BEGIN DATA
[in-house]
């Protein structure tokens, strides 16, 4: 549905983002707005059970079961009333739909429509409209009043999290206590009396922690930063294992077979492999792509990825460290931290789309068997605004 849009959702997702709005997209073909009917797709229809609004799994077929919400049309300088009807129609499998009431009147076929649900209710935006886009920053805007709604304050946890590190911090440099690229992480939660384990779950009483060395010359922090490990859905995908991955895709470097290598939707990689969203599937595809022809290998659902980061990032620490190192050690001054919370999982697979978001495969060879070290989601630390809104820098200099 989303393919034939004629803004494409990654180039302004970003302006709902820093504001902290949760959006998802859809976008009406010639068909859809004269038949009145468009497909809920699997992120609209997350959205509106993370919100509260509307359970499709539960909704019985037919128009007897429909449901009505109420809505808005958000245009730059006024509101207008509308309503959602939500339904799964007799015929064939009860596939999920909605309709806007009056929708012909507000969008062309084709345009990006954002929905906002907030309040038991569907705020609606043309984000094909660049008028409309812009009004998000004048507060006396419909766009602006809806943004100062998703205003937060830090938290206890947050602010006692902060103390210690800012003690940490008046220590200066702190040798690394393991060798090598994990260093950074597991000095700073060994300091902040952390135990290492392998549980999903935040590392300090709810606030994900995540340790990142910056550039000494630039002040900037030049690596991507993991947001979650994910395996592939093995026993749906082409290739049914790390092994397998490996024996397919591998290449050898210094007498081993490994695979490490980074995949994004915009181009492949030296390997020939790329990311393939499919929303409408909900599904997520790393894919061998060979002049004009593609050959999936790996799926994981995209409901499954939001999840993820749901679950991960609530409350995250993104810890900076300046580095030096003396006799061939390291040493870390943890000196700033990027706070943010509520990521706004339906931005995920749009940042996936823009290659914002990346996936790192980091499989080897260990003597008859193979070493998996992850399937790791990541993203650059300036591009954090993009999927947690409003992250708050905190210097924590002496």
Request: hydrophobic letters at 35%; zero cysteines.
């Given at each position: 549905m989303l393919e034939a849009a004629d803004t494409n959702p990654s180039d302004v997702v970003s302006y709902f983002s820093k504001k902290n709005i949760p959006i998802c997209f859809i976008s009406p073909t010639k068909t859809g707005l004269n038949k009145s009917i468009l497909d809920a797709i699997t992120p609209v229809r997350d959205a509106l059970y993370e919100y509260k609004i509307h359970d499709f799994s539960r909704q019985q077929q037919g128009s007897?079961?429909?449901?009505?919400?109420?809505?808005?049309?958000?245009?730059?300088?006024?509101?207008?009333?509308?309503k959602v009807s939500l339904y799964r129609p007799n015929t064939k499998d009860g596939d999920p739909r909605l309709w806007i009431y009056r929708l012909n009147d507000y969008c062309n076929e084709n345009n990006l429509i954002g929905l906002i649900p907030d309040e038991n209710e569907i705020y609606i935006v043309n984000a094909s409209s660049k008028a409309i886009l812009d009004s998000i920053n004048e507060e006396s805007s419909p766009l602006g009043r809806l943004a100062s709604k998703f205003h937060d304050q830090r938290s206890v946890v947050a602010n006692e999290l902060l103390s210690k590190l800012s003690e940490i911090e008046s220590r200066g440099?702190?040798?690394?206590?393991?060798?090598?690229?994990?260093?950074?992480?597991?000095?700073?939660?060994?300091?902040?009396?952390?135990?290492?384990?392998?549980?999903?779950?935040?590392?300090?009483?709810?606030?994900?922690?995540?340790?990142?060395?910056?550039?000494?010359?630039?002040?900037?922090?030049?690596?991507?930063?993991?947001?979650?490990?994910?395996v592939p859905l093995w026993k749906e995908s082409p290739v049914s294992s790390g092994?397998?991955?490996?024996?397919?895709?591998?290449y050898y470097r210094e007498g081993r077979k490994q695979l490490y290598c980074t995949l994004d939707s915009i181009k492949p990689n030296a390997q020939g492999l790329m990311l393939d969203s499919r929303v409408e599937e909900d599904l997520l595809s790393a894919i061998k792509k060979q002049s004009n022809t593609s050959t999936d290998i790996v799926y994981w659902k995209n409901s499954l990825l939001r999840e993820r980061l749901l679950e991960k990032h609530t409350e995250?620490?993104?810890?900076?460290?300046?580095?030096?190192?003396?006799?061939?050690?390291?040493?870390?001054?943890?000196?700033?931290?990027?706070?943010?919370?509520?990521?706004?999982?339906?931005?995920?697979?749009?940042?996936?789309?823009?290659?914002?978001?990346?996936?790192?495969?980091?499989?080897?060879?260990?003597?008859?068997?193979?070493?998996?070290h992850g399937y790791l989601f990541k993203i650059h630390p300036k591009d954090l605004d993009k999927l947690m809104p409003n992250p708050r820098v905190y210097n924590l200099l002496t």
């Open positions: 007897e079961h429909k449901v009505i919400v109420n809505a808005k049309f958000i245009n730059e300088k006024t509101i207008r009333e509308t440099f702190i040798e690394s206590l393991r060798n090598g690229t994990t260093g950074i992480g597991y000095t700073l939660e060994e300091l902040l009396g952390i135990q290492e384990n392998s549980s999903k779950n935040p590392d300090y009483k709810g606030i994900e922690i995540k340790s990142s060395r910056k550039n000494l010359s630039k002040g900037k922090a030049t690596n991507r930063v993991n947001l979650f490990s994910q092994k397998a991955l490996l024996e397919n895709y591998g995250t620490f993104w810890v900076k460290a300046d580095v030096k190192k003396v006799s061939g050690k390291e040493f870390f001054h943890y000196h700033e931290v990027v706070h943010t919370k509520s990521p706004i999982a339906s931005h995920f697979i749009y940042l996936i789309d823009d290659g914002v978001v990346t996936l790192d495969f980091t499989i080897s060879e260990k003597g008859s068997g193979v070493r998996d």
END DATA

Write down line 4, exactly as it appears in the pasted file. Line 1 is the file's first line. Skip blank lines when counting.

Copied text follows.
């Given at each position: 549905m989303l393919e034939a849009a004629d803004t494409n959702p990654s180039d302004v997702v970003s302006y709902f983002s820093k504001k902290n709005i949760p959006i998802c997209f859809i976008s009406p073909t010639k068909t859809g707005l004269n038949k009145s009917i468009l497909d809920a797709i699997t992120p609209v229809r997350d959205a509106l059970y993370e919100y509260k609004i509307h359970d499709f799994s539960r909704q019985q077929q037919g128009s007897?079961?429909?449901?009505?919400?109420?809505?808005?049309?958000?245009?730059?300088?006024?509101?207008?009333?509308?309503k959602v009807s939500l339904y799964r129609p007799n015929t064939k499998d009860g596939d999920p739909r909605l309709w806007i009431y009056r929708l012909n009147d507000y969008c062309n076929e084709n345009n990006l429509i954002g929905l906002i649900p907030d309040e038991n209710e569907i705020y609606i935006v043309n984000a094909s409209s660049k008028a409309i886009l812009d009004s998000i920053n004048e507060e006396s805007s419909p766009l602006g009043r809806l943004a100062s709604k998703f205003h937060d304050q830090r938290s206890v946890v947050a602010n006692e999290l902060l103390s210690k590190l800012s003690e940490i911090e008046s220590r200066g440099?702190?040798?690394?206590?393991?060798?090598?690229?994990?260093?950074?992480?597991?000095?700073?939660?060994?300091?902040?009396?952390?135990?290492?384990?392998?549980?999903?779950?935040?590392?300090?009483?709810?606030?994900?922690?995540?340790?990142?060395?910056?550039?000494?010359?630039?002040?900037?922090?030049?690596?991507?930063?993991?947001?979650?490990?994910?395996v592939p859905l093995w026993k749906e995908s082409p290739v049914s294992s790390g092994?397998?991955?490996?024996?397919?895709?591998?290449y050898y470097r210094e007498g081993r077979k490994q695979l490490y290598c980074t995949l994004d939707s915009i181009k492949p990689n030296a390997q020939g492999l790329m990311l393939d969203s499919r929303v409408e599937e909900d599904l997520l595809s790393a894919i061998k792509k060979q002049s004009n022809t593609s050959t999936d290998i790996v799926y994981w659902k995209n409901s499954l990825l939001r999840e993820r980061l749901l679950e991960k990032h609530t409350e995250?620490?993104?810890?900076?460290?300046?580095?030096?190192?003396?006799?061939?050690?390291?040493?870390?001054?943890?000196?700033?931290?990027?706070?943010?919370?509520?990521?706004?999982?339906?931005?995920?697979?749009?940042?996936?789309?823009?290659?914002?978001?990346?996936?790192?495969?980091?499989?080897?060879?260990?003597?008859?068997?193979?070493?998996?070290h992850g399937y790791l989601f990541k993203i650059h630390p300036k591009d954090l605004d993009k999927l947690m809104p409003n992250p708050r820098v905190y210097n924590l200099l002496t």